In a tough year for borrowers from emerging EMEA, one new issue stood out.
Saudi Arabia’s Public Investment Fund had been expected to make its debut in the international bond markets for some time. And when it finally emerged with its transaction in October, it didn’t disappoint.
PIF, the transition vehicle for the Saudi economy to move beyond oil, raised US$3bn through three green bonds but it was one tranche in particular that got everyone talking. Alongside five and 10-year notes, the issuer included a statement-making century bond.
PIF’s intention from the outset was to create a benchmark curve, though originally it explored the idea of a more conventional 30-year tenor. But there were various challenges, including diminishing interest from one key buyer base for 30-year bonds – Taiwanese life insurers, which had been stung by rates volatility.
As market conditions began to improve, PIF, in discussion with its banks, considered offbeat tenors, such as 40 and 50-year. But neither would have the impact of a 100-year tenor; it was a statement from PIF and a demonstration of its commitment to Saudi Arabia’s transition story.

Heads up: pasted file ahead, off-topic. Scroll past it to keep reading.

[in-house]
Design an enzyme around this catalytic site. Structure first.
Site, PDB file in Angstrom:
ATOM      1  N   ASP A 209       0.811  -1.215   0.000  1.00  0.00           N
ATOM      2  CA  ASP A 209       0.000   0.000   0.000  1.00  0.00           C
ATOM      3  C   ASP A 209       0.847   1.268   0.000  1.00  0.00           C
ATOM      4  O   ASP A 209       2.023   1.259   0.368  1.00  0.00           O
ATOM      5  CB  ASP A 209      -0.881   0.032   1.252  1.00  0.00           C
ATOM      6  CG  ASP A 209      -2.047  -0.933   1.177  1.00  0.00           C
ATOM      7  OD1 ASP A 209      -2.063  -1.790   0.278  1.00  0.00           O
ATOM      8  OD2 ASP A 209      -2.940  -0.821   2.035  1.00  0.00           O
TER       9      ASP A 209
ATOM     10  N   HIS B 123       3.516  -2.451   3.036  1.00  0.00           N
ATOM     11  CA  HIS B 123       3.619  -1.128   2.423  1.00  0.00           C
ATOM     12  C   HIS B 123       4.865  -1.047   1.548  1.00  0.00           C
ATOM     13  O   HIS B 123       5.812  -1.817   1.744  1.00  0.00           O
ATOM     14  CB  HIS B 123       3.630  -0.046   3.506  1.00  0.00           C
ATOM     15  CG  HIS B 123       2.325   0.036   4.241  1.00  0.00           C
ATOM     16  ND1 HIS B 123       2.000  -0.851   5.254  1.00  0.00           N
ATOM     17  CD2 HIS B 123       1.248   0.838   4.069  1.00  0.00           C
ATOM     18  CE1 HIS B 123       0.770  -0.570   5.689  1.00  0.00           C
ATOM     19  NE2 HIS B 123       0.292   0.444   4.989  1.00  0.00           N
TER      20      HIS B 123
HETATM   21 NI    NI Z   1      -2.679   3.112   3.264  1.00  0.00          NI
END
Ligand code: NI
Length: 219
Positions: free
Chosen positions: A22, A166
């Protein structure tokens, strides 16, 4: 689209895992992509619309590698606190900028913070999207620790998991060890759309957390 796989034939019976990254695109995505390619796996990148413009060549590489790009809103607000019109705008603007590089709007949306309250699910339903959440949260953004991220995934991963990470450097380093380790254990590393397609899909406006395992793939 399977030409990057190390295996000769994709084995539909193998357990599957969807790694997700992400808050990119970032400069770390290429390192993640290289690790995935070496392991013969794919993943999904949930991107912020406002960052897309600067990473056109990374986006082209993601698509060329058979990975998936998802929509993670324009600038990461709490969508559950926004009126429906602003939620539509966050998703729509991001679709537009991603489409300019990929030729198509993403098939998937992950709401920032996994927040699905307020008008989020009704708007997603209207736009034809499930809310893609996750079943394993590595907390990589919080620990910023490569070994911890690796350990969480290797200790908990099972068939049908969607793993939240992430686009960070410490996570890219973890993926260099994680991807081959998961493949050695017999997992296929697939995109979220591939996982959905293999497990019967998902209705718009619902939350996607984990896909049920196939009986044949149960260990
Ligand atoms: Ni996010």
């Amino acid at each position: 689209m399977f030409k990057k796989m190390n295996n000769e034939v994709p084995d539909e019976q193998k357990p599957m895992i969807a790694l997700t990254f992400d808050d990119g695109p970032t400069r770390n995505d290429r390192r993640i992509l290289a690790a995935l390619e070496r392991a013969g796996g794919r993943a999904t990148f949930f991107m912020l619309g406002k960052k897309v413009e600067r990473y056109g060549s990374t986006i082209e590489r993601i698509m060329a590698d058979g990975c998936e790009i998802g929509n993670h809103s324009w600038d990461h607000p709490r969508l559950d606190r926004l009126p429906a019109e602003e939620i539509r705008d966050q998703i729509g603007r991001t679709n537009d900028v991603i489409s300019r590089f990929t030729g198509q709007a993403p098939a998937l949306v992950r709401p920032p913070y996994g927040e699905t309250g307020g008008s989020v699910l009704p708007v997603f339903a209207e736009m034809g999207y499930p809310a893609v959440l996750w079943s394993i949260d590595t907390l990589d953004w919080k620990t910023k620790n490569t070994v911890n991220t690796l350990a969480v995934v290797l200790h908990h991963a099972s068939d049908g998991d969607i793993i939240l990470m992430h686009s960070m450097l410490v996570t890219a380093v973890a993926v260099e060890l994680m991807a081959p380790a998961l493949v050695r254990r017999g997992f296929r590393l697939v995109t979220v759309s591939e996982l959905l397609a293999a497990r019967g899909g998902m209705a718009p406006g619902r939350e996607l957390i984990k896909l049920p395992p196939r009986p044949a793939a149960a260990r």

More than 230 different investors put in orders for the tranche, almost all from outside the MENA region, with demand reaching more than US$3.2bn at launch. PIF, rated A1 by Moody’s and A by Fitch, raised US$500m through the 100-year note.
It also sold a US$1.25bn five-year tranche and a US$1.25bn 10-year note. Combined orders for those two tranches at launch reached nearly US$19bn. The scale of demand meant that despite pricing being tightened on all three tranches, the bonds have performed well in secondary.
The deal was not without controversy. PIF was funded by proceeds from Saudi Aramco’s 2019 IPO and by a gift of a 4% stake in the state-owned oil company. Its decision to issue green bonds was criticised by some, as were its ESG credentials in general.
PIF, though, was keen to demonstrate that these criticisms are misguided. It worked extensively with the ratings agencies and also put together consolidated financials and then made them public. The aim was to make the credit as transparent as possible. Meanwhile, the strategy for its green framework was to make it best-in-class. It interacted directly with investors and incorporated their feedback into the framework, which has an emphasis on long-term green investments.
Standard Chartered and Credit Agricole CIB were the green structuring advisers. BNP Paribas, Citigroup, Deutsche Bank, Goldman Sachs and JP Morgan were the global coordinators for the bond offering.
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